In 2003, Fernando Alonso won the first Grand Prix of his life in Hungary. Spain won the first Grand Prix in its history in Formula 1 and at least we, we don’t know him, used 20 years less. All those years, the 20s, they came back making the noise of trains falling from the sky when Alonso, on Sunday, passed Hamilton, passed Sainz and ran to the podium. The electricity we had at that moment is the electricity of time in motion, back and forth, recovering distant emotions that we didn’t know we would have again. And the advance through an impossible gap to Hamilton in the worst curve, putting the car where there was no room for a finger, brings us back to a time without gray hair for those of us who already have them, the time of 24 years for those of us who are 44, the unbeatable summer of youth when we first pronounced the Hungaroring.
Months before his first victory, in March 2003, he became the youngest driver, at the age of 21, to win a pole position. He did it after getting up that day with a fever, almost 39 degrees, and so, with his forehead hot as an oven, he knocked down Michael Schumacher. “It was a normal lap, nothing spectacular,” he said at the end of it after starting in tenth position. But when the following pilots were entering the finish line, the genius of the Spaniard stood out: nobody could exceed his time. Behind the pole, raised his index finger and said: “It is a dream and I think I will dream for a long time. And that I have not gone to the top ”.
Definitely, it is not a pilot, it is something else. Become a social phenomenon and after years of pilgrimage inside and outside Formula 1 (he won the FIA World Endurance Championship in 2019, the 24 Hours of Le Mans in 2018 and 2019, the 24 Hours of Daytona in 2019), Alonso has done the impossible in the elite: come back and fight for the place he occupied, the place of number one. There is no more transcendent epic than that of the return, nor charisma that equals that of the man who, old and tired, returns to the place where he has been happy to try to continue making the rest of us happy. Alonso is an open bar party that has raised people to that abstract, inaccessible wave, which is that of popular emotion, a haunted path that only a select few travel. Alonso keeps us young: it is a calendar from which no leaves are torn.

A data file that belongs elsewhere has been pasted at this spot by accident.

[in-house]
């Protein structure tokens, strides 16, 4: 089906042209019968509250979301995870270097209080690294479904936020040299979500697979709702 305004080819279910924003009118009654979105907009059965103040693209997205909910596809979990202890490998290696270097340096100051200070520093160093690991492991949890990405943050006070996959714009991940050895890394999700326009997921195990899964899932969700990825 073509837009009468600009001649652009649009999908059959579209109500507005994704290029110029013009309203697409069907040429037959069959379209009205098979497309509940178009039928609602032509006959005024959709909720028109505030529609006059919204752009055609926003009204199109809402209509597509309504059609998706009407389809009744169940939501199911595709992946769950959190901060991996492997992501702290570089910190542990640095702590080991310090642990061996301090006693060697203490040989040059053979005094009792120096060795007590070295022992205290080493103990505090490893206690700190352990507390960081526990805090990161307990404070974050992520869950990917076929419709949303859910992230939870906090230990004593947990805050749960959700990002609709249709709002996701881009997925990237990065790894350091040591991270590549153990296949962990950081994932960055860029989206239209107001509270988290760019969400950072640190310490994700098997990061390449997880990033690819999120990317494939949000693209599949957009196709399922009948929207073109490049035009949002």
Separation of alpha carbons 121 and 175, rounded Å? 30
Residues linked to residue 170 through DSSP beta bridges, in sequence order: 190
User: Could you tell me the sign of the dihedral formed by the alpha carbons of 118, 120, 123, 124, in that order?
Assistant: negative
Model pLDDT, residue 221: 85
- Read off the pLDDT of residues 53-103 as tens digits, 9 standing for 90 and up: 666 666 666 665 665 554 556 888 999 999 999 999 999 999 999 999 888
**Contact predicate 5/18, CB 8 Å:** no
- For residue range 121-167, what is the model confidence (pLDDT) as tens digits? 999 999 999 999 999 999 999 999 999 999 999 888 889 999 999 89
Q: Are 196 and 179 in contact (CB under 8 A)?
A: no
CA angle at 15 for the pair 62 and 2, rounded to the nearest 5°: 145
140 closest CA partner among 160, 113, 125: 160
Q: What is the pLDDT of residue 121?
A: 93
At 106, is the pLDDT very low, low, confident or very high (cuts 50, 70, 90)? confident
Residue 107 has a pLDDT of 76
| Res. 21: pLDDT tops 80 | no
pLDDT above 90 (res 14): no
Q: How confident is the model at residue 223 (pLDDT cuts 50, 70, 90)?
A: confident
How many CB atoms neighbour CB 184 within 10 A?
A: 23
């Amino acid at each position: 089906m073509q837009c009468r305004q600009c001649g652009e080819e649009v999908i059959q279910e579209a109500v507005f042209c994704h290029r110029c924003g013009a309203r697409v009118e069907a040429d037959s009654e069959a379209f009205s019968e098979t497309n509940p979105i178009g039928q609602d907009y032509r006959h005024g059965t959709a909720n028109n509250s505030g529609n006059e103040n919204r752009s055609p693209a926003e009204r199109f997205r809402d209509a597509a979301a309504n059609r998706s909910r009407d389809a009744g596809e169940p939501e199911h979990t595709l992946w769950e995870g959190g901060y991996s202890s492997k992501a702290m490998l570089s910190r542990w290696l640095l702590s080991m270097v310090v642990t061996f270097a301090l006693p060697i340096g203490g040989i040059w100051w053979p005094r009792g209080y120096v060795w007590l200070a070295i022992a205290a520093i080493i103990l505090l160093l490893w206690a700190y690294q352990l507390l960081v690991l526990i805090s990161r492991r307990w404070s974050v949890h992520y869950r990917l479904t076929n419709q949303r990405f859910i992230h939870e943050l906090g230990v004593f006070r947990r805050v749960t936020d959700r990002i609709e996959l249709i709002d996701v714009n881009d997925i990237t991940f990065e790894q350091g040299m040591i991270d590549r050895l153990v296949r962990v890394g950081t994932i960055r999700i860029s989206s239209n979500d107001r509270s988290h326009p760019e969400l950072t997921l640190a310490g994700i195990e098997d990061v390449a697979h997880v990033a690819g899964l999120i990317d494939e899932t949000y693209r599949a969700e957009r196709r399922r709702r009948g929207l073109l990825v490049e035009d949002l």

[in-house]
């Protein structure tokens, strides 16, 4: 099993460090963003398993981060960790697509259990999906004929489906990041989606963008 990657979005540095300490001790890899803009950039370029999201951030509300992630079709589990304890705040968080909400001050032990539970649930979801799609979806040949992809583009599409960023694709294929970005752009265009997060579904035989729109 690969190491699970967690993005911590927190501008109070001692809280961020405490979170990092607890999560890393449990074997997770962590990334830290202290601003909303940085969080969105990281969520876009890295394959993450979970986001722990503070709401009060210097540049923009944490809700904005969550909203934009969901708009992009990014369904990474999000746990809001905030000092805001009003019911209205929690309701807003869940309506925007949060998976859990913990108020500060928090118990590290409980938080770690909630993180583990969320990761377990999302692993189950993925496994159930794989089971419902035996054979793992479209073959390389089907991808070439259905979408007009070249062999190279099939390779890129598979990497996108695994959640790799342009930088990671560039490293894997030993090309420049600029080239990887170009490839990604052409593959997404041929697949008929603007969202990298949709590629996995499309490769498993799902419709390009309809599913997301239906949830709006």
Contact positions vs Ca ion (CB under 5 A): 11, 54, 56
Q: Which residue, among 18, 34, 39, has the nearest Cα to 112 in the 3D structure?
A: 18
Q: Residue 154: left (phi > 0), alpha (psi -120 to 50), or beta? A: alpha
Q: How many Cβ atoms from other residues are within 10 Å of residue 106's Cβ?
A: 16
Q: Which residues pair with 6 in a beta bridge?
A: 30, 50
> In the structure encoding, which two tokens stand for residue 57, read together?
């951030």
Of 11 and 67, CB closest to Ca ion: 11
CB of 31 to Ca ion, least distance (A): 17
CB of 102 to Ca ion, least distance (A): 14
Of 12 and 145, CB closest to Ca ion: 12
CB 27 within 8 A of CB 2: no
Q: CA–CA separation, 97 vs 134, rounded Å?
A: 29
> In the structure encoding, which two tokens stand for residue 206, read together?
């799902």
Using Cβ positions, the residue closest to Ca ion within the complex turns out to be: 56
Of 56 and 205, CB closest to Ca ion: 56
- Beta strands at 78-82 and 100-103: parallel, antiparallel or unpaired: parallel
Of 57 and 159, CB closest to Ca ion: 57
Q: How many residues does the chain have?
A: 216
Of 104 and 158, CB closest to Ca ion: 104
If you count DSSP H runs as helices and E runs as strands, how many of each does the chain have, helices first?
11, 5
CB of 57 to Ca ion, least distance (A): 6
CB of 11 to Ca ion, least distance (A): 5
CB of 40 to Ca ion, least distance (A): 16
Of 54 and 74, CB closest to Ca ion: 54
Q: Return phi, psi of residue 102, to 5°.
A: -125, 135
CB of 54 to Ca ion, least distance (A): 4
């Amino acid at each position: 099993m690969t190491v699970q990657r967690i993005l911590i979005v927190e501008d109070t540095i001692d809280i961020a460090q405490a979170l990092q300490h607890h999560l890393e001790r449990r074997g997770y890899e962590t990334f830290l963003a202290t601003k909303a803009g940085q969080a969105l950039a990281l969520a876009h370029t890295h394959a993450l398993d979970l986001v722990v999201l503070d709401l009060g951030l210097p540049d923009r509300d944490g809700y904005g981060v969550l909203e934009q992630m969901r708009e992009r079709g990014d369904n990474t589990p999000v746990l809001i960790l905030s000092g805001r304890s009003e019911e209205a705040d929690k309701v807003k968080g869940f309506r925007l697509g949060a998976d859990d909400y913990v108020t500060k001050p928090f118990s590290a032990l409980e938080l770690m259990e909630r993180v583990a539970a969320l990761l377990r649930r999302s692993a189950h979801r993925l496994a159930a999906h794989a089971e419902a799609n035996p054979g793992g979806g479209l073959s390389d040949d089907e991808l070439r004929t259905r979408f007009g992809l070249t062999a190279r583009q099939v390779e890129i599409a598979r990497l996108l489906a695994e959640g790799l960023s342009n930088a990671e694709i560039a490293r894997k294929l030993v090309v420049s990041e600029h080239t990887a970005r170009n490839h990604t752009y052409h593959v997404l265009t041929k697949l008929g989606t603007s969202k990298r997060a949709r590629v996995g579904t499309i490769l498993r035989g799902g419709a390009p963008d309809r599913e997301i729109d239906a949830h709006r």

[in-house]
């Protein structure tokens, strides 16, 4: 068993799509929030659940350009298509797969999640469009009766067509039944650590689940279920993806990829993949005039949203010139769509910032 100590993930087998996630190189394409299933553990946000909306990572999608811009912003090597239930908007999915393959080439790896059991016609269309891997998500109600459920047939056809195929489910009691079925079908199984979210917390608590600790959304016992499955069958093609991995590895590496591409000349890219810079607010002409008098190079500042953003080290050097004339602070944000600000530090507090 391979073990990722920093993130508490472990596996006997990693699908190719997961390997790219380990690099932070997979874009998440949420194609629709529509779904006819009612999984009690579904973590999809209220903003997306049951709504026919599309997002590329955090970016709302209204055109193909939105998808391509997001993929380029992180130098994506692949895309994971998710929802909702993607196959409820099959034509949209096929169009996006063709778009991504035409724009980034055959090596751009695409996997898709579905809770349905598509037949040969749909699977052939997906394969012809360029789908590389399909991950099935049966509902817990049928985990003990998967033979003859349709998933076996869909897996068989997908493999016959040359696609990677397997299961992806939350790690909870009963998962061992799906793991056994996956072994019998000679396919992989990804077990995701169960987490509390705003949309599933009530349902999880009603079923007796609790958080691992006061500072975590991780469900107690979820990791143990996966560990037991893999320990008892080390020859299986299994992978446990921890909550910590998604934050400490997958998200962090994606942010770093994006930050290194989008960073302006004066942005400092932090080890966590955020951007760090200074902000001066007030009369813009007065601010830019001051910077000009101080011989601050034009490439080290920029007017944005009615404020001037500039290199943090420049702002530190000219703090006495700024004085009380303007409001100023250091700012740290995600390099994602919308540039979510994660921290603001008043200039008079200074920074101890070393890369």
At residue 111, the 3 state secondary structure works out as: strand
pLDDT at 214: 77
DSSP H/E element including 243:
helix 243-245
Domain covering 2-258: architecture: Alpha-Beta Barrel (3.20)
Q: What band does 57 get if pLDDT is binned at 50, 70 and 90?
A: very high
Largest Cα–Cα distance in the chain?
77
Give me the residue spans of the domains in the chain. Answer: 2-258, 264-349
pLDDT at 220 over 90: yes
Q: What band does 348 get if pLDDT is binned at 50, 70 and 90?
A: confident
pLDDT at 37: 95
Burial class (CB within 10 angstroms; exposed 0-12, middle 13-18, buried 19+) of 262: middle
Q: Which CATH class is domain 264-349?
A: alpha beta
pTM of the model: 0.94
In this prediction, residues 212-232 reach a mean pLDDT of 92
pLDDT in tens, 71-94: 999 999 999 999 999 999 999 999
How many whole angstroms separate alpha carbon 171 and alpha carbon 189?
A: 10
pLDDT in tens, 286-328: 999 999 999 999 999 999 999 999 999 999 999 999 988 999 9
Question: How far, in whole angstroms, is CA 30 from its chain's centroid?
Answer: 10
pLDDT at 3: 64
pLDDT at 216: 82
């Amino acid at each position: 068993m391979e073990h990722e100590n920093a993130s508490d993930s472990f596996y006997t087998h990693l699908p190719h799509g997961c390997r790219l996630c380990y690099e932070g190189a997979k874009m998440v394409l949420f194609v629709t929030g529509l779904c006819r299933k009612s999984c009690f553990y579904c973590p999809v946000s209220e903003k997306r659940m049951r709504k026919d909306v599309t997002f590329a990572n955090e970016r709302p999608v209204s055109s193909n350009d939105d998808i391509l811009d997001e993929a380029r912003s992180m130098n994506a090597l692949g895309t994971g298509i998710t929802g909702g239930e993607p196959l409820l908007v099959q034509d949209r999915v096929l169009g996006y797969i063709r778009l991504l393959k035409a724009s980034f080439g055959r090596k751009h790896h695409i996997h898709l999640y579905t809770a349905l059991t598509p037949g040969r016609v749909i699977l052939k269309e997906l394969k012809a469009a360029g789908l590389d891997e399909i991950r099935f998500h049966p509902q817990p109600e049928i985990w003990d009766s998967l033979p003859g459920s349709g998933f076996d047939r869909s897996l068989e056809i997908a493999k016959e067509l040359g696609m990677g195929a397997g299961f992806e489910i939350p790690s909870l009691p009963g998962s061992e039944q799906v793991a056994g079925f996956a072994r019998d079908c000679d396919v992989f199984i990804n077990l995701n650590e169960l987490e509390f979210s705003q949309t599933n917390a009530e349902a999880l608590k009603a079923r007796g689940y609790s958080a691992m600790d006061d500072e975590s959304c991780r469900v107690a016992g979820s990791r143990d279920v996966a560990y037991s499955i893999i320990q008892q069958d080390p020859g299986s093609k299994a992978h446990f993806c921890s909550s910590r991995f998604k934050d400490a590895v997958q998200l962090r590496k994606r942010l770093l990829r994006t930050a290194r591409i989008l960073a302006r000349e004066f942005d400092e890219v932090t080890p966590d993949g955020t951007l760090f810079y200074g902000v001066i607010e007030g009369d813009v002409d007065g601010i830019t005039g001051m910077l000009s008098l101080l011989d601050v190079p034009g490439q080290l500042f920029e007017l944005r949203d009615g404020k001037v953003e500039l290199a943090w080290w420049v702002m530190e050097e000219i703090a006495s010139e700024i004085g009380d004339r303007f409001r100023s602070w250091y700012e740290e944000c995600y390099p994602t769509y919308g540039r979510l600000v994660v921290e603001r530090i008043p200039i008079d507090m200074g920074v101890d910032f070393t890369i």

The weight of the Asturian pilot in the Spanish imagination is no longer the weight of the pioneer, the founder of a wild competition in a country without tradition that suddenly began to learn the names of mechanics and engineers, but the weight of our lives. He has turned Edna St Millet’s candle (the one that burns at both ends, dies soon, but gives off an impressive light) into a beacon that suddenly ignites the darkness of a two-decade past. And he has done it with the same overdose of hallucination that he had as a child driving his first Renault, in the incandescent way in which he drives a car that he conceives of as an extension of his hands. With the same courage as then, with a machine that does justice to his talent, and a choking country that he whispers like a litany “33 ″ with a religious conviction: he is going to do it again. And if he does it again, Spain falls. And it will.
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